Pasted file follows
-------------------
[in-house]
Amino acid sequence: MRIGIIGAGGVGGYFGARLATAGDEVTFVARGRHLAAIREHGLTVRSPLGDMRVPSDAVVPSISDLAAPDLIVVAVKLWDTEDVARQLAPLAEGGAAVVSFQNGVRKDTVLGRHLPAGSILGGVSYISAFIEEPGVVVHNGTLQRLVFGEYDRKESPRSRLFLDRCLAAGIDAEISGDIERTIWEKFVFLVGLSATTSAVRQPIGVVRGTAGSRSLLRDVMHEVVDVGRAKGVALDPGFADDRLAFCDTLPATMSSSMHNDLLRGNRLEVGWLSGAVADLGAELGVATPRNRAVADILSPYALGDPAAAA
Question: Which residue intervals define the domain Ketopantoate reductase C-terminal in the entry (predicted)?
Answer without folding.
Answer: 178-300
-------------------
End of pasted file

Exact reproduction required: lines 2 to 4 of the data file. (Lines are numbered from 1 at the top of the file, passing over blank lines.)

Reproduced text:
Amino acid sequence: MRIGIIGAGGVGGYFGARLATAGDEVTFVARGRHLAAIREHGLTVRSPLGDMRVPSDAVVPSISDLAAPDLIVVAVKLWDTEDVARQLAPLAEGGAAVVSFQNGVRKDTVLGRHLPAGSILGGVSYISAFIEEPGVVVHNGTLQRLVFGEYDRKESPRSRLFLDRCLAAGIDAEISGDIERTIWEKFVFLVGLSATTSAVRQPIGVVRGTAGSRSLLRDVMHEVVDVGRAKGVALDPGFADDRLAFCDTLPATMSSSMHNDLLRGNRLEVGWLSGAVADLGAELGVATPRNRAVADILSPYALGDPAAAA
Question: Which residue intervals define the domain Ketopantoate reductase C-terminal in the entry (predicted)?
Answer without folding.